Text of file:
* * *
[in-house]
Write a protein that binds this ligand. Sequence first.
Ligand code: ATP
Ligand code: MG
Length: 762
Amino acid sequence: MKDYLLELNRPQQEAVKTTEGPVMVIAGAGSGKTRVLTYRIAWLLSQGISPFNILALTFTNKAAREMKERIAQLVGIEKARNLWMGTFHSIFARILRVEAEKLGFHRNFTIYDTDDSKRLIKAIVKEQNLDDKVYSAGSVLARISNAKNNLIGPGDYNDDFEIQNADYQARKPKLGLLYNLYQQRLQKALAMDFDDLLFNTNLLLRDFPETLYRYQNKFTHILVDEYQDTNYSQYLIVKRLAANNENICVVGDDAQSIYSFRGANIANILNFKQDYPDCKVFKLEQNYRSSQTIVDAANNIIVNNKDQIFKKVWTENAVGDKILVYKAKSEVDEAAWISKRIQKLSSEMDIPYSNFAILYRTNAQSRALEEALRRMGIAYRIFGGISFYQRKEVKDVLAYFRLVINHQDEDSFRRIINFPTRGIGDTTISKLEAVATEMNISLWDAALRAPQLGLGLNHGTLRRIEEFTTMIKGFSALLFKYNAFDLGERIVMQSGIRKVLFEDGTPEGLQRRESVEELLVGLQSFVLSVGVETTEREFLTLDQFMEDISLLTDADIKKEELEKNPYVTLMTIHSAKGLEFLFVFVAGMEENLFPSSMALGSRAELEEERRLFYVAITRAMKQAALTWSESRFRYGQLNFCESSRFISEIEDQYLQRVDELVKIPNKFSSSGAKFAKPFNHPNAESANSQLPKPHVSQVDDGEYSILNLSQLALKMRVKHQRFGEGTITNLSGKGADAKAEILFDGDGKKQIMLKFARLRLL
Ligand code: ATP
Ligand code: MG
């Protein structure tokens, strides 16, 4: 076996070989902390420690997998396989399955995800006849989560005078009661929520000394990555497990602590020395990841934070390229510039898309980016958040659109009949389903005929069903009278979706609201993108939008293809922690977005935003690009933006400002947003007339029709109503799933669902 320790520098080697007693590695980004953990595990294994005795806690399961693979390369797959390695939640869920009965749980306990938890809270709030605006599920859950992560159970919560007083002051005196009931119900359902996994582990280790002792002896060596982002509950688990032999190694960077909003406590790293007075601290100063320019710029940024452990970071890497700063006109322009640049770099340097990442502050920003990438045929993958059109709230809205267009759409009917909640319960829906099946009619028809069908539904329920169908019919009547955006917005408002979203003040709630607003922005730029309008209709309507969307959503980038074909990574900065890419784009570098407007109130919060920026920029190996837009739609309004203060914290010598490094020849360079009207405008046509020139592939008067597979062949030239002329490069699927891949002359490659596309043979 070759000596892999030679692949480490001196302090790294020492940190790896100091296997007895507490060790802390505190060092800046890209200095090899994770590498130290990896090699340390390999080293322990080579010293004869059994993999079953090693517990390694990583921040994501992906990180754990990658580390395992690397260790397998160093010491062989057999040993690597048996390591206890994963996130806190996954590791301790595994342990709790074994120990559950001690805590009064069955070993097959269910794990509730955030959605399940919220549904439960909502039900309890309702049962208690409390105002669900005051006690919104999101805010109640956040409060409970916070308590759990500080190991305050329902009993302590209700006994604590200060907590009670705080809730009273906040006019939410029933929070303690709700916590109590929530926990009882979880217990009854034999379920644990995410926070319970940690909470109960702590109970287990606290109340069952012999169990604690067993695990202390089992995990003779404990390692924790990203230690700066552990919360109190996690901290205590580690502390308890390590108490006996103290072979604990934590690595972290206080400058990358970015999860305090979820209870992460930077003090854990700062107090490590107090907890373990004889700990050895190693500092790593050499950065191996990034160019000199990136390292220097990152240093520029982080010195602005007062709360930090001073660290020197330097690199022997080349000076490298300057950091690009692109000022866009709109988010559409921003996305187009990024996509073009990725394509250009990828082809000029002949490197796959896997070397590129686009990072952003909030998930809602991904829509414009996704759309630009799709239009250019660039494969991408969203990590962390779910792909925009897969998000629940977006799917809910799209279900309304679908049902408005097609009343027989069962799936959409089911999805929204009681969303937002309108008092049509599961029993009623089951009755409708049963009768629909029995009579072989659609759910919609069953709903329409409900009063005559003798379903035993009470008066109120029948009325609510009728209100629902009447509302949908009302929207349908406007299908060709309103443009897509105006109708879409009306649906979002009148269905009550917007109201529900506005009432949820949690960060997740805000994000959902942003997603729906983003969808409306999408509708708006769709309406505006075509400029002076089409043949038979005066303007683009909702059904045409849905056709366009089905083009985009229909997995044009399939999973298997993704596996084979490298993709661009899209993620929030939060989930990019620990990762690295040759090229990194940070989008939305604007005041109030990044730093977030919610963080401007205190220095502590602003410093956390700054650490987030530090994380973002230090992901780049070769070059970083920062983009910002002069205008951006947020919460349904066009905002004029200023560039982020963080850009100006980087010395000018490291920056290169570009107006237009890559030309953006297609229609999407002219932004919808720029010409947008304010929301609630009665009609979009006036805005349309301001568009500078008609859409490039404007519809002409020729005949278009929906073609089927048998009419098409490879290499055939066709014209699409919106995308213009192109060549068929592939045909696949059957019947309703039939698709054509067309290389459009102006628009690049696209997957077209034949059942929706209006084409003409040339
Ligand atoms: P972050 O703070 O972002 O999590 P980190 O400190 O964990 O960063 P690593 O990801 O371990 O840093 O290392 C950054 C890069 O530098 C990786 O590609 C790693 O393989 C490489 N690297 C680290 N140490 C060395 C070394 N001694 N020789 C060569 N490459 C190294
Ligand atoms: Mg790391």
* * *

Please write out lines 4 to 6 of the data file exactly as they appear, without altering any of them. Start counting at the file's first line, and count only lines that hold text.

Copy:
Ligand code: MG
Length: 762
Amino acid sequence: MKDYLLELNRPQQEAVKTTEGPVMVIAGAGSGKTRVLTYRIAWLLSQGISPFNILALTFTNKAAREMKERIAQLVGIEKARNLWMGTFHSIFARILRVEAEKLGFHRNFTIYDTDDSKRLIKAIVKEQNLDDKVYSAGSVLARISNAKNNLIGPGDYNDDFEIQNADYQARKPKLGLLYNLYQQRLQKALAMDFDDLLFNTNLLLRDFPETLYRYQNKFTHILVDEYQDTNYSQYLIVKRLAANNENICVVGDDAQSIYSFRGANIANILNFKQDYPDCKVFKLEQNYRSSQTIVDAANNIIVNNKDQIFKKVWTENAVGDKILVYKAKSEVDEAAWISKRIQKLSSEMDIPYSNFAILYRTNAQSRALEEALRRMGIAYRIFGGISFYQRKEVKDVLAYFRLVINHQDEDSFRRIINFPTRGIGDTTISKLEAVATEMNISLWDAALRAPQLGLGLNHGTLRRIEEFTTMIKGFSALLFKYNAFDLGERIVMQSGIRKVLFEDGTPEGLQRRESVEELLVGLQSFVLSVGVETTEREFLTLDQFMEDISLLTDADIKKEELEKNPYVTLMTIHSAKGLEFLFVFVAGMEENLFPSSMALGSRAELEEERRLFYVAITRAMKQAALTWSESRFRYGQLNFCESSRFISEIEDQYLQRVDELVKIPNKFSSSGAKFAKPFNHPNAESANSQLPKPHVSQVDDGEYSILNLSQLALKMRVKHQRFGEGTITNLSGKGADAKAEILFDGDGKKQIMLKFARLRLL